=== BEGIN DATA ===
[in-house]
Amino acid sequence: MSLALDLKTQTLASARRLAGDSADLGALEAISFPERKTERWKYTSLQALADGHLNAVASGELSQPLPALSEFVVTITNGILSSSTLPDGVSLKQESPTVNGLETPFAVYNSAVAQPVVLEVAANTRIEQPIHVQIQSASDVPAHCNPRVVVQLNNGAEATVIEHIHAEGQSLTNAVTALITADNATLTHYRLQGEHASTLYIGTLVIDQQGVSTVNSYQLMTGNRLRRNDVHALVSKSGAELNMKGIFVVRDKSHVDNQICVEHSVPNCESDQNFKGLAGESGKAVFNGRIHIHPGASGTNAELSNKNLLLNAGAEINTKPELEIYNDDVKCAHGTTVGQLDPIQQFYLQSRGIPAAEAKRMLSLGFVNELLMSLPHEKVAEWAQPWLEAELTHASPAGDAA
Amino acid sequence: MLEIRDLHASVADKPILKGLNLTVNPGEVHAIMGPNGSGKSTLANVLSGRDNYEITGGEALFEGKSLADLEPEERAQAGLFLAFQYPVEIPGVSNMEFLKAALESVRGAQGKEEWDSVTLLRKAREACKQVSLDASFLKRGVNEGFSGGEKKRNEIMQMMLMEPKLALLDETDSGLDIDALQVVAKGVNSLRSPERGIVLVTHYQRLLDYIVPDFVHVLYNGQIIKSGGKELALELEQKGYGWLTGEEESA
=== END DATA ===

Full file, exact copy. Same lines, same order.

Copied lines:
[in-house]
Amino acid sequence: MSLALDLKTQTLASARRLAGDSADLGALEAISFPERKTERWKYTSLQALADGHLNAVASGELSQPLPALSEFVVTITNGILSSSTLPDGVSLKQESPTVNGLETPFAVYNSAVAQPVVLEVAANTRIEQPIHVQIQSASDVPAHCNPRVVVQLNNGAEATVIEHIHAEGQSLTNAVTALITADNATLTHYRLQGEHASTLYIGTLVIDQQGVSTVNSYQLMTGNRLRRNDVHALVSKSGAELNMKGIFVVRDKSHVDNQICVEHSVPNCESDQNFKGLAGESGKAVFNGRIHIHPGASGTNAELSNKNLLLNAGAEINTKPELEIYNDDVKCAHGTTVGQLDPIQQFYLQSRGIPAAEAKRMLSLGFVNELLMSLPHEKVAEWAQPWLEAELTHASPAGDAA
Amino acid sequence: MLEIRDLHASVADKPILKGLNLTVNPGEVHAIMGPNGSGKSTLANVLSGRDNYEITGGEALFEGKSLADLEPEERAQAGLFLAFQYPVEIPGVSNMEFLKAALESVRGAQGKEEWDSVTLLRKAREACKQVSLDASFLKRGVNEGFSGGEKKRNEIMQMMLMEPKLALLDETDSGLDIDALQVVAKGVNSLRSPERGIVLVTHYQRLLDYIVPDFVHVLYNGQIIKSGGKELALELEQKGYGWLTGEEESA